The Wenatchee World

Weather:

Weather

The latest extended forecast from The Weather Channel

Remove this weather forecast

Winter Weather Advisory issued December 05 at 8:52AM PST until December 06 at 7:00AM PST by NWS

...SNOW RETURNING DURING THE AFTERNOON AND EVENING COMMUTE... .A LOW PRESSURE SYSTEM WILL SPREAD SNOW ACROSS PARTS OF EASTERN WASHINGTON STARTING THIS AFTERNOON AND EARLY EVENING. ALTHOUGH THE OVERALL QUANTITY OF EXPECTED SNOW IS NOT LARGE THE TIME OF DAY WHEN THE HIGHER INTENSITY SNOWFALL OCCURS WILL COMPLICATE THE AFTERNOON AND EVENING COMMUTE.

Today

Hi32° Scattered Snow Showers then Snow Showers

Tonight

Lo23° Snow Showers then Chance Snow Showers

Tuesday

Hi30° Slight Chance Snow Showers then Mostly Sunny

Tuesday Night

Lo13° Mostly Clear

Wednesday

Hi23° Mostly Sunny

Wednesday Night

Lo14° Mostly Cloudy

Thursday

Hi24° Snow Likely

Thursday Night

Lo20° Snow Likely

Friday

Hi32° Chance Snow

Friday Night

Lo25° Chance Snow Showers

New park will honor Entiat tribe

Send to Kindle
Print This
entiat

“… Soon we Indians were told to move north (to the Colville Indian Reservation) … (then) the people saw the River (Columbia) became a lake. It too was told to remain in one spot, just like the Indian.”

— Page 66 of River of Memory,
The Everlasting Columbia by William Layman.
— Page 61 of Last Chief Standing,
Tale of Two Cultures by Wendell George.

The history of the Entiat tribe and my great-grandfather Chilcosahaskt was little known until recently when Chelan County Public Utility District and the town of Entiat began an extensive upgrade of Entiat Park. This has led to an opportunity to record history for posterity.
My Colville Business Council delegated me to work with the PUD to design and build a display and interpretive signs for the park. We commissioned our tribal artist, Smoker Marchand, to do a metal sculpture of Chilcosahaskt on a horse. One sign will describe the Entiat tribe and the other Chief Chilcosahaskt.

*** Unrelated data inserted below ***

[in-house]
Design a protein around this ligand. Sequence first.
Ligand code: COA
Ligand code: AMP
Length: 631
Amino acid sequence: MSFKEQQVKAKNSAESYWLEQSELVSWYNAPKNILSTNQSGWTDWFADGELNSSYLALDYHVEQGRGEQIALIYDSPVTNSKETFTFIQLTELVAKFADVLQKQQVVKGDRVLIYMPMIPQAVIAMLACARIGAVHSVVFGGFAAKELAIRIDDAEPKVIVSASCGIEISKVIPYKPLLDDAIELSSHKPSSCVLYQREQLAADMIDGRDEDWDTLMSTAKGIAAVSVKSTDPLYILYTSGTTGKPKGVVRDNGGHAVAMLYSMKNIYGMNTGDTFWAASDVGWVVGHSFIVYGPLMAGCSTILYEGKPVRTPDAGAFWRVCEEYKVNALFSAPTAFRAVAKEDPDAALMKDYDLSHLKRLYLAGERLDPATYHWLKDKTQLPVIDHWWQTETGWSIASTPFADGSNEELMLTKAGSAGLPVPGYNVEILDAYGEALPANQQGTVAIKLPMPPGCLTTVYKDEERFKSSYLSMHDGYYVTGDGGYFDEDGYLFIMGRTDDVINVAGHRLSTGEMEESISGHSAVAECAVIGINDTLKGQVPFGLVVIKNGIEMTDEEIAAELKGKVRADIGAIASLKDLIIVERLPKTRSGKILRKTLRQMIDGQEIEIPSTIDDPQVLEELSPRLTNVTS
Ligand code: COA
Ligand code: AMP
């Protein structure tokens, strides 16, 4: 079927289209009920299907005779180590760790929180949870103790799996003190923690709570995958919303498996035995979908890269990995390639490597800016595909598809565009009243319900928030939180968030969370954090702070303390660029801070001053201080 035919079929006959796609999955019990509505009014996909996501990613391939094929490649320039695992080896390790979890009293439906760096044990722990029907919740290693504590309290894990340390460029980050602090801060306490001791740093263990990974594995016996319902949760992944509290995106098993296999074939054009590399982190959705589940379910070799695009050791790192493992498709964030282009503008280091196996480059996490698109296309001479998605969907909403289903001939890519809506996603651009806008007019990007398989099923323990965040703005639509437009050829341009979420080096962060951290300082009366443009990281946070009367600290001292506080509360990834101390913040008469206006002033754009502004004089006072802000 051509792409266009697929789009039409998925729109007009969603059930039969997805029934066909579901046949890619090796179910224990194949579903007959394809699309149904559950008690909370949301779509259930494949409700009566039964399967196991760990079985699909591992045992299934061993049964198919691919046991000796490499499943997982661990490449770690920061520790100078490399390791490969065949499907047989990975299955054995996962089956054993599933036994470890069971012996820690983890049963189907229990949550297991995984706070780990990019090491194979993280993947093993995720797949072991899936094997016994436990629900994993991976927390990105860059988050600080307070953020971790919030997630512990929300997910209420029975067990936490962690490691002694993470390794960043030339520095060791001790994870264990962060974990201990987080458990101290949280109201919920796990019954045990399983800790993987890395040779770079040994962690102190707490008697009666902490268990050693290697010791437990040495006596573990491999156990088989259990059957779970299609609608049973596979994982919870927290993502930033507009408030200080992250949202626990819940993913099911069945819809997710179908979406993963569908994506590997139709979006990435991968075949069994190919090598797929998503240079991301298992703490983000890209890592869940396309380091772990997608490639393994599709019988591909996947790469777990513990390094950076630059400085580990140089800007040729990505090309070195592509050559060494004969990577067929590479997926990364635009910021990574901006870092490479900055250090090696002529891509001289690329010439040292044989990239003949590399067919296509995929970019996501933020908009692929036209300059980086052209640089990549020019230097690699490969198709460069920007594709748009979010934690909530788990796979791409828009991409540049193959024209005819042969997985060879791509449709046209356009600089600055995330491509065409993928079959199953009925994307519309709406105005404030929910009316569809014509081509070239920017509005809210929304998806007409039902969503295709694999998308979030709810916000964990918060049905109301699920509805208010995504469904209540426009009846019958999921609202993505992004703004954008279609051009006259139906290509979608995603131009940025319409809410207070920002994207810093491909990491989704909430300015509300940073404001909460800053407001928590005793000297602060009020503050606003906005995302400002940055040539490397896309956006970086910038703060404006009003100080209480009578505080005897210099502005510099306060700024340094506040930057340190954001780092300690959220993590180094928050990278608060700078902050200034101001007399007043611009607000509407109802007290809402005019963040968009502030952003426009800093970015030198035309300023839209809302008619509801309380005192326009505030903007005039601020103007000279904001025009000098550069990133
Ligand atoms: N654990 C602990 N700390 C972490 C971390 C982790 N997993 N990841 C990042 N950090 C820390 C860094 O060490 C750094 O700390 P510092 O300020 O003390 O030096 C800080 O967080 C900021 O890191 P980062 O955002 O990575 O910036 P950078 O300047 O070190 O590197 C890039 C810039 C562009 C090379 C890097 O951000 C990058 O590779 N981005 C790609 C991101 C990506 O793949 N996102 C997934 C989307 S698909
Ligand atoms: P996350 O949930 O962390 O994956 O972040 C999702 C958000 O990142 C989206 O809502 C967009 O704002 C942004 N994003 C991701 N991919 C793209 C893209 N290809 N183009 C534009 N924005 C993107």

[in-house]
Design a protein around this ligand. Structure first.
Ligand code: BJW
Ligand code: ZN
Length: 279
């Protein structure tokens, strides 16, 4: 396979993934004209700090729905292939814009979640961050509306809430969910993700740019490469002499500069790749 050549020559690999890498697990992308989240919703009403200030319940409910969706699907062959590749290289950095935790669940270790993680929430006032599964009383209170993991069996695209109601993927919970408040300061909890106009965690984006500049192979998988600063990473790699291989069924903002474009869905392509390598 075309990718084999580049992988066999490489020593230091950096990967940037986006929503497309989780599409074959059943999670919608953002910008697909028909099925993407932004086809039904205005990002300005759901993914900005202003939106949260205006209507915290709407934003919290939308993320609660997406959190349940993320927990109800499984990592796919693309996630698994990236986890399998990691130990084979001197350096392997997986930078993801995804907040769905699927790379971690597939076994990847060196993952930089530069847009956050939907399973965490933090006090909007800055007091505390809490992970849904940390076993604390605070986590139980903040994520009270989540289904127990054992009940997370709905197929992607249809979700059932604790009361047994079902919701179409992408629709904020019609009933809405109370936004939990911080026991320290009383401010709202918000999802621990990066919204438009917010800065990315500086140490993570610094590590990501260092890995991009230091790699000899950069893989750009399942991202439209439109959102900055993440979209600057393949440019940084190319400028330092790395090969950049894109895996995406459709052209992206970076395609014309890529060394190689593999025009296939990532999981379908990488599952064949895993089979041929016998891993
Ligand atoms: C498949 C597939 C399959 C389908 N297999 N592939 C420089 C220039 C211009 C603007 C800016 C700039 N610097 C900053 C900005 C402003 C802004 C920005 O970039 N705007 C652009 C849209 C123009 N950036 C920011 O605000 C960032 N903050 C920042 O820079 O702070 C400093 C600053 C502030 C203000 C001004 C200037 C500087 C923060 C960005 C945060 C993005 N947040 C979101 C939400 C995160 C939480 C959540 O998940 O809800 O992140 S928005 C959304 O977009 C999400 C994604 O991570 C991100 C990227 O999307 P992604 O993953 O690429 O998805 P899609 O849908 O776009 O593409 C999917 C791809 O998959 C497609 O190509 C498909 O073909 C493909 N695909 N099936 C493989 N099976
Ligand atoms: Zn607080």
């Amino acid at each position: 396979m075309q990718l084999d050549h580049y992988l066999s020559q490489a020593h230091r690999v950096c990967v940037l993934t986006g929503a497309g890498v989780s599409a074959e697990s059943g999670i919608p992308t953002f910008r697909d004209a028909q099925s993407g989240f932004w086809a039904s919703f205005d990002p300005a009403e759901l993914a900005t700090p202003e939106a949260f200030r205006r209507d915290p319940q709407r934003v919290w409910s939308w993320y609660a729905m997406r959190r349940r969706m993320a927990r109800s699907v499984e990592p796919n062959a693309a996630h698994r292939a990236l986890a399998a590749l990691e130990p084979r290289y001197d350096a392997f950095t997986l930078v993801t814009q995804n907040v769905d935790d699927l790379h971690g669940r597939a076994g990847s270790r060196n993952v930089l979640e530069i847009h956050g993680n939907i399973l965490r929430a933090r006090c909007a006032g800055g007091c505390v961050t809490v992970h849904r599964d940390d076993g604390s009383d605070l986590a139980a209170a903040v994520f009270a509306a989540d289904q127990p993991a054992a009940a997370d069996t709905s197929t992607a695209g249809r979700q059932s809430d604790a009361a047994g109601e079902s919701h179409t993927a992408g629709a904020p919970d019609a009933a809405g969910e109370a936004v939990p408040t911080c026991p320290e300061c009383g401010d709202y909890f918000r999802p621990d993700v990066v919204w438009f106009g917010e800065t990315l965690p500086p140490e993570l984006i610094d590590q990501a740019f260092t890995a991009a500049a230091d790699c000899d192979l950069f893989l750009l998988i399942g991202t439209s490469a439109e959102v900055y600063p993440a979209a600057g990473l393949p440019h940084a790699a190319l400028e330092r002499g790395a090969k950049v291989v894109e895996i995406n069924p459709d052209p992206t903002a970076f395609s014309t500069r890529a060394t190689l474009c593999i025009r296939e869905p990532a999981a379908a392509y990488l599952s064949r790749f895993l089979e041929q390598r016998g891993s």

In Last Chief Standing I took literary license to describe how my great-grandfather would have reflected on the meaning of the 1872 earthquake at Ribbon Cliff. Some of the tribe thought it meant to refuse to move to the reservation and others thought just the opposite.
Chilcosahaskt said, “Does this mean we will not have salmon in the future? If not, how will we survive? Maybe we need to change our ways. We must adjust to the new conditions. We cannot live using the old ways anymore. To survive we must learn what is in store for us and adapt. Is it possible? We have only to look at our ancestors who adjusted to many changing conditions. We have the ability; we have to use it — we cannot let events rule our lives; we must take control and run our own lives.”
The Entiat tribe is one of the 12 now on the Colville Indian Reservation. Although we had difficulties making this change, these tribes adjusted not only to survive but to flourish. The economy is no longer a direct line pursuit of food. Instead it is through full-time careers and paychecks. Today we use jet airplanes instead of horses and legal argument instead of guns. Battles are through negotiations and paper trails.
The new Entiat Park will be completed this fall in time for opening in 2014. A large percentage of the tribal membership can claim lineage to Chief Chilcosahaskt so this is a true heritage milestone.

Wendell George writes Go-la’-ka Wa-wal-sh (Raven Speaks). He can be reached via email at wvegeorge@charter.net.